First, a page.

In our case, it is clear that there are only two options. Only one party has the income to shoulder the $130,000 mortgage and the $191,000 needed to pay off the other spouse. Four months ago, we would have told that spouse to refinance the entire house over 15 or 30 years and get a new 3.1% mortgage for $321,000. Today, just ninety days later, it makes no sense to pay off a 3.77% mortgage and roll that $130,000 into a 4.67% mortgage. So, we are advising the client to keep the old mortgage and add a $191,000 home equity to buy-out his spouse’s interest.
Now let’s look at this in terms we all understand. What’s the monthly “nut?” In the end we buy houses based on affordability and the hope/expectation of appreciation over time. If our client had done the transaction in December, he would have borrowed $321,000 over 30 years at 3.1%. His mortgage and interest payment would have been $1,371 a month. Today, his best option is to keep his 3.77% 15 year mortgage at $1565 per month and add the $191,000 as a home equity loan. That loan at today’s rates will be $987 a month for thirty years. For the next eight years he will pay $2,552 a month. His redemption will come when the 15 year is paid off in 2030 and he will be left with $987 a month for 22 more years.
There’s a child and no doubt the couple would like to help that child with college. But during those golden college years, the mortgage is $1,000 a month higher than it is today. It could have been $194 cheaper if we could roll the clock back to late 2021.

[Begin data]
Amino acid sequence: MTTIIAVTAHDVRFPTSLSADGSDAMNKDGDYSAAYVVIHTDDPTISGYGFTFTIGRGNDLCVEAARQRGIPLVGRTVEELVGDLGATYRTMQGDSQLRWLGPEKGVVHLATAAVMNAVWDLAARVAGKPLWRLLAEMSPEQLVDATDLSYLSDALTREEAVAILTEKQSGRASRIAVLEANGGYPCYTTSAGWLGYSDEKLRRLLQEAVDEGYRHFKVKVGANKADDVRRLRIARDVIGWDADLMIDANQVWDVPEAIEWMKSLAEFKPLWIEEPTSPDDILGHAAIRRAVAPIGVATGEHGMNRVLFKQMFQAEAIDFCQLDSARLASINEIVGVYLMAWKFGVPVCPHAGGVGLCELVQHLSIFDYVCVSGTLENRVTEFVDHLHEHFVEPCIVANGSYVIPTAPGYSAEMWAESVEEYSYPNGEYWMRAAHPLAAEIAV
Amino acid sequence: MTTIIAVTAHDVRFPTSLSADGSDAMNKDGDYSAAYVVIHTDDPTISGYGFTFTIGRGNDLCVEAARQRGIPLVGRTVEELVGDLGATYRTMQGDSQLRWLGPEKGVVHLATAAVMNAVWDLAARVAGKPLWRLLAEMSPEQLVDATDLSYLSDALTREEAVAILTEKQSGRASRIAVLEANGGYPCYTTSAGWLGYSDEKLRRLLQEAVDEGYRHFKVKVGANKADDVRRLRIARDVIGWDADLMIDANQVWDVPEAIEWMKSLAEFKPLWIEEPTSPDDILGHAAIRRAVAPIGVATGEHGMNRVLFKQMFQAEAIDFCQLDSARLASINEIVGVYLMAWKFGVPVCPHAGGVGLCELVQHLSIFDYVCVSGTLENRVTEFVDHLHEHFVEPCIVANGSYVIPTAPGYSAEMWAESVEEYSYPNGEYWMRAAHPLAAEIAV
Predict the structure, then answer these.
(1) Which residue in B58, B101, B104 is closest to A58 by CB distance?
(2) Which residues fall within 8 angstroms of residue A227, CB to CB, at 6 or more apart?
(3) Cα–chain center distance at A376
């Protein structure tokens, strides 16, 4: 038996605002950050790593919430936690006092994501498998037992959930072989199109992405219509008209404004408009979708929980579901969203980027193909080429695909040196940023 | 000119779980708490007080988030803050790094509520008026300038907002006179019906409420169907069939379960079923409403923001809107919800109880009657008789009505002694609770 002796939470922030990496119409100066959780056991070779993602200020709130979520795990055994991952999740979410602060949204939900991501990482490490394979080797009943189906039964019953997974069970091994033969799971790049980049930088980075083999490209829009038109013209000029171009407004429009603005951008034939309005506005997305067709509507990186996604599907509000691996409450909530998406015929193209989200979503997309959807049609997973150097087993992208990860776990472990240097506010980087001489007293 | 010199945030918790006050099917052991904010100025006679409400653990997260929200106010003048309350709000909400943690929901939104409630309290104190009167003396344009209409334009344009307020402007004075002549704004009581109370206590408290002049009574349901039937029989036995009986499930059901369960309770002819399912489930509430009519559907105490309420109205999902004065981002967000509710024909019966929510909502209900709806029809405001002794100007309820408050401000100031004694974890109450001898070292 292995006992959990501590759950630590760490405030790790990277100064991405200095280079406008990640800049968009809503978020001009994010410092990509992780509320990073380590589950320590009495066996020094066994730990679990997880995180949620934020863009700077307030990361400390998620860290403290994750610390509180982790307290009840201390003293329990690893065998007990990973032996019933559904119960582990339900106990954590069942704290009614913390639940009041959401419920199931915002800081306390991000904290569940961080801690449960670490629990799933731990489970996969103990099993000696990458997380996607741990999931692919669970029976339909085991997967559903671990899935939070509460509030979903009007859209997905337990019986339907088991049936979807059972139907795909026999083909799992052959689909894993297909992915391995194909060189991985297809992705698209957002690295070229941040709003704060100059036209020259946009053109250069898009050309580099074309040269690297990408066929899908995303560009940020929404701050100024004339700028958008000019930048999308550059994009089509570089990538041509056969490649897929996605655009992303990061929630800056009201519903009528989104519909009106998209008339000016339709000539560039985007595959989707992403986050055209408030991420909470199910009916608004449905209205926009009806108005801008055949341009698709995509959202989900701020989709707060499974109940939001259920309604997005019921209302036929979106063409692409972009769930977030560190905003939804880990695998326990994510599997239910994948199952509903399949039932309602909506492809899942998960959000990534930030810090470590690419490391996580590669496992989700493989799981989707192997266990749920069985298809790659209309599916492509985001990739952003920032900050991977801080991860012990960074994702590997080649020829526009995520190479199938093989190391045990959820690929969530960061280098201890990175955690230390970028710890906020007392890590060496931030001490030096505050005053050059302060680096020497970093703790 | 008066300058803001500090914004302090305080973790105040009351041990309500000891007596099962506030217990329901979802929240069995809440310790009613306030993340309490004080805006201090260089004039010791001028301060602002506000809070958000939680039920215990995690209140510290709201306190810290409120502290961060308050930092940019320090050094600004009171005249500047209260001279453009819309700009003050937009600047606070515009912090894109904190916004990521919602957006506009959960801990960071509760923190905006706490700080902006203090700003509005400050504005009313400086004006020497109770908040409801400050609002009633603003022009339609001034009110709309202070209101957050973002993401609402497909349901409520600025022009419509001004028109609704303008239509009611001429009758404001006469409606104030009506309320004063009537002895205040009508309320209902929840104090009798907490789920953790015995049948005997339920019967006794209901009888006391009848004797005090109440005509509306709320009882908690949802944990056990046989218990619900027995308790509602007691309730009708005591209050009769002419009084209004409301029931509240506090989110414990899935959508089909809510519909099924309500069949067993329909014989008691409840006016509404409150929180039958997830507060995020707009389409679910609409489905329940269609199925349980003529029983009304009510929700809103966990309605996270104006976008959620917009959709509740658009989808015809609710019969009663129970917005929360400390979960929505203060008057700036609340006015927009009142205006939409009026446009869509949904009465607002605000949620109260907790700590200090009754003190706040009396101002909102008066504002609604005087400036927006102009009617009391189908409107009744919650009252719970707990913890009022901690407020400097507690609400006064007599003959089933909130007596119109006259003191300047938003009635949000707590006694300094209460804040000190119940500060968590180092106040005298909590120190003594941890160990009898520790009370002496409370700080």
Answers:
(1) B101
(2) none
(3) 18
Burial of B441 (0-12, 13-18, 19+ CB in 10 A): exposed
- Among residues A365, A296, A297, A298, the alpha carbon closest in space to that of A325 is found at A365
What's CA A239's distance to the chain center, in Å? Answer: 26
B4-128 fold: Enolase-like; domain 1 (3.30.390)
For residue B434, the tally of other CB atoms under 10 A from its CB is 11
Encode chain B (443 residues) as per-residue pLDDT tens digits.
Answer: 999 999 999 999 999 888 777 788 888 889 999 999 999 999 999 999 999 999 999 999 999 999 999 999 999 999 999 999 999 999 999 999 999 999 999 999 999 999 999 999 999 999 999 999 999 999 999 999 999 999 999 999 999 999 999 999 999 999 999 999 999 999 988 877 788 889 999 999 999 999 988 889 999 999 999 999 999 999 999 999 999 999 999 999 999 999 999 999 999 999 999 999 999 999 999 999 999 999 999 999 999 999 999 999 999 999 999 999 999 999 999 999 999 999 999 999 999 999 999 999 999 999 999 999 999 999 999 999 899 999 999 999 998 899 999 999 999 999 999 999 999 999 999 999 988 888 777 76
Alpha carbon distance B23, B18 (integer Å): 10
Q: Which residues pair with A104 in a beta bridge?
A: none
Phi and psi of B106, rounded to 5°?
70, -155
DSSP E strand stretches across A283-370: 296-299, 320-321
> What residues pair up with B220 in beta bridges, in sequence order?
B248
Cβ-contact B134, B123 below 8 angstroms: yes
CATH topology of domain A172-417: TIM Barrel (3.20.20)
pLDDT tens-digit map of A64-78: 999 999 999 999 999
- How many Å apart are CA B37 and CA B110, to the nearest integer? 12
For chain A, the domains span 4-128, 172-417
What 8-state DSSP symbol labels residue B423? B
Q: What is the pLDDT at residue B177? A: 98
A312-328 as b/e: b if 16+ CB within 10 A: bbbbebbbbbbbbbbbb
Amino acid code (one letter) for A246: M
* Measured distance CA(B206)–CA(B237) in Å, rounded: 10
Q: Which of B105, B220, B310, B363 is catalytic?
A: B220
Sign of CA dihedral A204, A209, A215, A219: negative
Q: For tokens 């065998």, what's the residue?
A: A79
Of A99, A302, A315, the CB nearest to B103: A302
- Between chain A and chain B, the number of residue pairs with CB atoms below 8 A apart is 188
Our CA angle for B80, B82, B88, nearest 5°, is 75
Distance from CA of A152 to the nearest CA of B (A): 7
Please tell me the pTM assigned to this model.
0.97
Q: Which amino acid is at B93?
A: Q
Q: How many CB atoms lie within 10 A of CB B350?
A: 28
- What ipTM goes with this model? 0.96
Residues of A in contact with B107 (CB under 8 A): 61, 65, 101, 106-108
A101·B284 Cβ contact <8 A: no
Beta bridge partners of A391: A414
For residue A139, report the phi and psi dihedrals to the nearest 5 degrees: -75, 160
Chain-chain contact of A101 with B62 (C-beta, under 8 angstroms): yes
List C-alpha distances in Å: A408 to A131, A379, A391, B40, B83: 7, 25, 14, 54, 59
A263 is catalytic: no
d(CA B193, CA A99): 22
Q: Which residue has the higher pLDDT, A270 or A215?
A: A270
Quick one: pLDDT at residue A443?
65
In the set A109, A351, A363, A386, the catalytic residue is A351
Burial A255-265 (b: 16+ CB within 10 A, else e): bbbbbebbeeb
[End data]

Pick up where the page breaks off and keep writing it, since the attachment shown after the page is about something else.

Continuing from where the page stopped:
There’s other risks to discuss. Home price deflation. We have had it before. In the late 1990s and in 2009-2010 during the great deflation. Houses weren’t moving and bottom feeders were offering low ball bids. There is another force at work as well. In our matter, the house is on a 4 acre lot. It’s 3,500 square feet. When it was built in 1998 it was the quintessential upscale house. But 4 acres? And while 3,500 square feet remains popular the trend seems to be headed down for the first time in terms of how much space people want. Last, but not least, is what can be termed “buyer’s affordability.” Assume a year from now 30 year mortgages are 5.5% and our client is transferred or otherwise needs to sell (to contribute to college, for example). If he puts the property out at $550,000 and his buyer does a 30 year finance of 95% at 5.5%, that buyer is going to pay $3,000 a month + $700 in real estate taxes. So, toss in some casualty insurance and the prospective buyer is in for a coupon that says pay almost $4,000 a month for housing. Then mow your 4 acre yard. The point is that our client missed out on a chance to buy out the spouse and keep housing costs with taxes and insurance close to $2,000. The person he sells to will have to pay double that amount. That buyer may be saying he won’t go above $500,000 because he can’t afford that monthly payment and the client will have to eat a $50,000 loss.
It’s emotional. Yes, it would be nice to keep the children in the house they grew up in. But the joy of that same bedroom is tempered by the sad countenance of a parent who can’t really afford or is losing hard money keeping that bedroom. As a former client who moved more than a dozen times during her childhood put it; “It’s never easy to move, but you get used to it.”